How does the ordinary become extraordinary? This is the question London-based creative studio Unknown Works asked when conceptualising CLT House in Leyton, East London, for a young creative family.
Unknown Works has bookended a semi-detached, brick infill terrace house with striking yellow extensions to the front and rear, uplifting both the banal suburban streetscape and existing ground floor layout.
Balancing a tight budget and brief, clients Annabel Bligh and Luke Leighfield tasked Unknown Works with adding space for their young family’s musical and creative pursuits, ensuring the layout could be adapted for hosting festive parties and intimate family gatherings. The cramped and dark ground floor required reconnection to the rest of the house, as did the large leafy rear garden.
Unknown Works chose to use cross-laminated timber (CLT) as a flexible, cost-effective, sustainable building technology. The creative studio designed a kit of prefabricated structural panels in Spruce CLT which were assembled onsite in just 4 days. The CLT panels have been insulated, coated in textural render, and painted a bold banana yellow to form a stepped rear extension and cubic front porch. The yellow additions are tempered by gently rounded edges to bring a softness to their overall form, and stainless steel rain chains – a traditional Japanese guttering option – negate any visual clutter caused by downpipes. The construction and exterior finishing exemplifies Unknown Works’ creative exploration of materials and how stretching their conventional uses can add life and dynamism to even the most pedestrian setting.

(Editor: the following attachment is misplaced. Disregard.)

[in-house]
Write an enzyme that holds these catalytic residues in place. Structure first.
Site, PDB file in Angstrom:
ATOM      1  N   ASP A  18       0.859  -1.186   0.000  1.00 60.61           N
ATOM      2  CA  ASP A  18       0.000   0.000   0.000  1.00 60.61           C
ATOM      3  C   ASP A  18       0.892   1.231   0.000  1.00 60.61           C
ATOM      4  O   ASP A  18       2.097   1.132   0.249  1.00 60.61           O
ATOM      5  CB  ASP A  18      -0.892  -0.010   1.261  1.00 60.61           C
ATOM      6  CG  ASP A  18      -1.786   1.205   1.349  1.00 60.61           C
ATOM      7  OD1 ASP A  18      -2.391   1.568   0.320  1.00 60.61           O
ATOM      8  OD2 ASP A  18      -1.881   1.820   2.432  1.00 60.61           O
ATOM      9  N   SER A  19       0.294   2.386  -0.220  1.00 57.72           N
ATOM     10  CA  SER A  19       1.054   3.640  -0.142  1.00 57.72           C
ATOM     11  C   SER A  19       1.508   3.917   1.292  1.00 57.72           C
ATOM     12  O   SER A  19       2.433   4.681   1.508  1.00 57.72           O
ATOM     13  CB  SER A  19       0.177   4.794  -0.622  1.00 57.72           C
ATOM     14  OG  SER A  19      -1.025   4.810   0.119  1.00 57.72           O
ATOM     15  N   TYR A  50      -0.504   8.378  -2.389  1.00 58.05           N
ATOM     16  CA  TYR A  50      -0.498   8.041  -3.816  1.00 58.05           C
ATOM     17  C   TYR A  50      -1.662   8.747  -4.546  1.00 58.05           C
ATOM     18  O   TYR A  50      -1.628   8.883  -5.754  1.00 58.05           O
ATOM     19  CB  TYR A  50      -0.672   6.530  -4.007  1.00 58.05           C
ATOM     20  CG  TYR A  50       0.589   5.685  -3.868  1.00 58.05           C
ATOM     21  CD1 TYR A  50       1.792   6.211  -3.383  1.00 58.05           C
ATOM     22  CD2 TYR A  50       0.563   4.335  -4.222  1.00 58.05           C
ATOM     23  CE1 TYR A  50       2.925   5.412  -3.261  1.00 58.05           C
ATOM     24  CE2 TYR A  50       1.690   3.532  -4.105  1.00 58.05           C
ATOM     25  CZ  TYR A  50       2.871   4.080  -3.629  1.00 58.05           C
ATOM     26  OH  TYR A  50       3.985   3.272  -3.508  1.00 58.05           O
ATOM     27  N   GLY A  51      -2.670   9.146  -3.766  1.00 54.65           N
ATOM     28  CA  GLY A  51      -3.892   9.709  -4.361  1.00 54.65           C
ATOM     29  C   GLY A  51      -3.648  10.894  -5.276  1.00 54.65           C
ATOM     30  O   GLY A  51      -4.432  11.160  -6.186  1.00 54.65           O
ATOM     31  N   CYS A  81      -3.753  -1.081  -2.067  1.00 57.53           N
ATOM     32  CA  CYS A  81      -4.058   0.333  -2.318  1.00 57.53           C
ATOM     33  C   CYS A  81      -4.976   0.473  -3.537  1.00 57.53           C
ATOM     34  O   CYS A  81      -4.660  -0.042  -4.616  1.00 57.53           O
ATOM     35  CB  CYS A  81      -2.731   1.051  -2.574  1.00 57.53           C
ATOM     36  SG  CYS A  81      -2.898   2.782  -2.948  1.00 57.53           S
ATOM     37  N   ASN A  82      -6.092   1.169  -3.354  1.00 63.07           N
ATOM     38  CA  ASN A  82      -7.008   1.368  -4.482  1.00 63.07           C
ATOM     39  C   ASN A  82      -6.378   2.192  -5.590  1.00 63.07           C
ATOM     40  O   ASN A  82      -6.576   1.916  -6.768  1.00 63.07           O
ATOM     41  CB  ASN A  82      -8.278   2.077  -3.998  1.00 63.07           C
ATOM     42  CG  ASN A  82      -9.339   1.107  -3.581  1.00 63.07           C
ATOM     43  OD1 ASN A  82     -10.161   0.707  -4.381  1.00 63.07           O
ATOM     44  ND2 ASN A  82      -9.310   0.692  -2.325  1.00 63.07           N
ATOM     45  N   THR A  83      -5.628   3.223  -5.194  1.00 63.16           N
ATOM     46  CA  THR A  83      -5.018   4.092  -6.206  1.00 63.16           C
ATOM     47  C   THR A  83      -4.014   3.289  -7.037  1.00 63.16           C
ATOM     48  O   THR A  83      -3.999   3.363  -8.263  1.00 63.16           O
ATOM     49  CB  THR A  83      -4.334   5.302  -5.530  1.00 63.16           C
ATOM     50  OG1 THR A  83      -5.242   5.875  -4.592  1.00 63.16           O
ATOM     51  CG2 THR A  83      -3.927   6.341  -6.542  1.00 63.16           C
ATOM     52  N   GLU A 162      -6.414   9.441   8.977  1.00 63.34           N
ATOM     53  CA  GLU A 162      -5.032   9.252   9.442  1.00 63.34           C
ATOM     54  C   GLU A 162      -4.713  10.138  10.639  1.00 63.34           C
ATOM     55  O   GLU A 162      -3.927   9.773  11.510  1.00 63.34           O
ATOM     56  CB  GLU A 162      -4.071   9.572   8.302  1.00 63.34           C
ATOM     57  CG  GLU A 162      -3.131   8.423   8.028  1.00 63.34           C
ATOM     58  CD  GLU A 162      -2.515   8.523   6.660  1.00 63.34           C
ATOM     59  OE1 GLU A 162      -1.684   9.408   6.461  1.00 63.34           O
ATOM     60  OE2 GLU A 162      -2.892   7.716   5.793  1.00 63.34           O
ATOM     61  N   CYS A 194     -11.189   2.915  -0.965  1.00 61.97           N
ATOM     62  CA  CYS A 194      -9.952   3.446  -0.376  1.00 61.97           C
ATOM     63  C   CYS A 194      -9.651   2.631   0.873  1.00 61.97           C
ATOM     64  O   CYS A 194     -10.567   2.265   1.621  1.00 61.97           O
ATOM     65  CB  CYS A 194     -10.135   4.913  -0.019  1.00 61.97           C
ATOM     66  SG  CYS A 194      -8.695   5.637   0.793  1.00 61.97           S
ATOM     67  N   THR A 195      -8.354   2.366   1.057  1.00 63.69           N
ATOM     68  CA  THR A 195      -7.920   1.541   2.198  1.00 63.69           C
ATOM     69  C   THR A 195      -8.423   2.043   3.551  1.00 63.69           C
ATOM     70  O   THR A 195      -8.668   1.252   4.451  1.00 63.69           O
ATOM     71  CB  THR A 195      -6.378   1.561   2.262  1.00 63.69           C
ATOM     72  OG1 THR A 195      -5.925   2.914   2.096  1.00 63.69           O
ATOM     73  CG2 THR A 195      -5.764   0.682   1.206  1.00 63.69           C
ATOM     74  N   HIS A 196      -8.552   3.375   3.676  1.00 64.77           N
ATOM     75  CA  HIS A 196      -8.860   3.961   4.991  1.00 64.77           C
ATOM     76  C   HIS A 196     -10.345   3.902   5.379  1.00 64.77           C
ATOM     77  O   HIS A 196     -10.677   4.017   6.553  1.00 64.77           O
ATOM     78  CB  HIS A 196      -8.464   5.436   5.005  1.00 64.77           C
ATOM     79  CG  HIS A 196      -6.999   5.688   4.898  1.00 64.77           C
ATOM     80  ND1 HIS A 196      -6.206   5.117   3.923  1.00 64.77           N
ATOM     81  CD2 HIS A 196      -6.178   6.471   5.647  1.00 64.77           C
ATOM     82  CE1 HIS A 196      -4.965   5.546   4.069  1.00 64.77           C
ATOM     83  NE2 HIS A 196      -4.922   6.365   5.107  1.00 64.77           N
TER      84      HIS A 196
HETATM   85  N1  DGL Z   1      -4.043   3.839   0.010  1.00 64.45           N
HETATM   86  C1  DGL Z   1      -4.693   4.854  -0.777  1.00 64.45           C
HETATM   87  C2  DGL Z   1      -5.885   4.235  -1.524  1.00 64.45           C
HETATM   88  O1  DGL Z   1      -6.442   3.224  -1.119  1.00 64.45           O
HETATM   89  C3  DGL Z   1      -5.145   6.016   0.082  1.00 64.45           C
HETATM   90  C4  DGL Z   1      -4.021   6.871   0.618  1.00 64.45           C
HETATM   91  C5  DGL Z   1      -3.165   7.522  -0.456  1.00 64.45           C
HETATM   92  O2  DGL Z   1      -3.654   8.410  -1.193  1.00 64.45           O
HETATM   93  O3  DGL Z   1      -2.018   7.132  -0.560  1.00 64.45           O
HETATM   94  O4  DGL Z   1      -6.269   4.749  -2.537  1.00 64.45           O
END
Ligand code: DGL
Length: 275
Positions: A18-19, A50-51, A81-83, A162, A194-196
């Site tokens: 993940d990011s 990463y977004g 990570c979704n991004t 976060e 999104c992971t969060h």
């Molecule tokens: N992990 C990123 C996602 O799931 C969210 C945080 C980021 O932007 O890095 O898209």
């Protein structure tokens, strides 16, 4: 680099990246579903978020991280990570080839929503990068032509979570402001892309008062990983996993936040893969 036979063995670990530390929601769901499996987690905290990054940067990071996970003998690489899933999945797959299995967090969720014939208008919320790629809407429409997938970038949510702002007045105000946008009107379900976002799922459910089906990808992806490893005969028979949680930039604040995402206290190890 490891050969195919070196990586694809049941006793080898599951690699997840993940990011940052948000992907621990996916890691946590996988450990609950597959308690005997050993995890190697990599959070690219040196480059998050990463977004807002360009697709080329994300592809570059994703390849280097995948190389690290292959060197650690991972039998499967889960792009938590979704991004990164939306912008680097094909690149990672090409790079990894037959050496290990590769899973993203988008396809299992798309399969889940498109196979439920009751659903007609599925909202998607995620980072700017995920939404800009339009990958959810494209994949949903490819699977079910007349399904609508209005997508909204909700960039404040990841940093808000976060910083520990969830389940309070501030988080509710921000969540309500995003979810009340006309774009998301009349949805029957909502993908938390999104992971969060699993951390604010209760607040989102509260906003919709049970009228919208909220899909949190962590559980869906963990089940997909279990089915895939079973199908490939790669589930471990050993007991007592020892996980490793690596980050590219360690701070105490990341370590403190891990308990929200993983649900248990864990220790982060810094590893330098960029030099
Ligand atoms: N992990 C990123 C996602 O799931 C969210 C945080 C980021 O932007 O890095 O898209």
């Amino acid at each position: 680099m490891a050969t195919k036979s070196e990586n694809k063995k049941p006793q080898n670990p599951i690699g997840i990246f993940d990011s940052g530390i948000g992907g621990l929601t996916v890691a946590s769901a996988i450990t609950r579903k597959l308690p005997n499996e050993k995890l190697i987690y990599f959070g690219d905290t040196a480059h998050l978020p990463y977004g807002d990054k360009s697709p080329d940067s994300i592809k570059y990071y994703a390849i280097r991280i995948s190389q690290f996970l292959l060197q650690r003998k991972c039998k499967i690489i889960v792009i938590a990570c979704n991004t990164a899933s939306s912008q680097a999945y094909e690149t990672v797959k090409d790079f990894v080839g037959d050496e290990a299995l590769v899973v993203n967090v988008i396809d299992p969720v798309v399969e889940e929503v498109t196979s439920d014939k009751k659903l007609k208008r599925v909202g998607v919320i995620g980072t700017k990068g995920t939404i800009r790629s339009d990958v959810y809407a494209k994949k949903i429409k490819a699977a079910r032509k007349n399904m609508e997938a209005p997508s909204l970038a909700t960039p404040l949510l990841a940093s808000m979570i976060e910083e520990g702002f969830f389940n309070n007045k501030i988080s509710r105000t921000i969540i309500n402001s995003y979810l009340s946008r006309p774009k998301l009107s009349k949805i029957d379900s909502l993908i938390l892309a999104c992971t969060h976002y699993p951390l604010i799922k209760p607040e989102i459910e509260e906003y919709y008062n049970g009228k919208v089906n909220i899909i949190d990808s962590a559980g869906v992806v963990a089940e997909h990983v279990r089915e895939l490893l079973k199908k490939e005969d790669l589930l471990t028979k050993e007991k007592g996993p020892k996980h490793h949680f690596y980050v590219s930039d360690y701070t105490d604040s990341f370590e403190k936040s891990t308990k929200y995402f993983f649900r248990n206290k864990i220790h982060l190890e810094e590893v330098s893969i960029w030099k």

Inside, the CLT panels are left exposed, creating a warm interior complemented by stainless steel and white-tinted polished concrete. The rear extension is home to a new open plan, flexible kitchen and dining space with inbuilt CLT seating and reading nooks. Overhead, the structural CLT grid is left exposed, creating the opportunity for long recessed bespoke aluminium lighting tracks which fill the extension with ambient light, designed to enhance the natural texture of the internal timber.
The staggered form of the extension, a response to the site’s planning constraints, allowed the architects to design in a cook’s herb garden by the kitchen. Skylights are inset into the CLT structure, bringing focussed daylight from above, paired with large sliding doors which frame views of the garden and courtyard.
The rear extension links to the existing house through a new central courtyard of white pebbles. The front sitting and rear dining rooms both open onto the new lightwell-courtyard through large sliding glass doors, creating a fully connected ground floor plan when open, as well as natural cross-ventilation.
Intrigued by the idea of using one core material and stretching its applications, Unknown Works designed and hand crafted dimmer switches for their clients, cutting large discs from structural CLT remnants. The creative studio also designed an oversized custom pivot door in CLT which provides a playful sense of entry.
CLT House demonstrates Unknown Works’ ability to take a simple construction technology and make it extraordinary in any context or scale. By truly embracing the commonplace and exploring how it can be stretched and challenged, the creative studio has superseded this British stock terrace house with a bright and bold upgrade.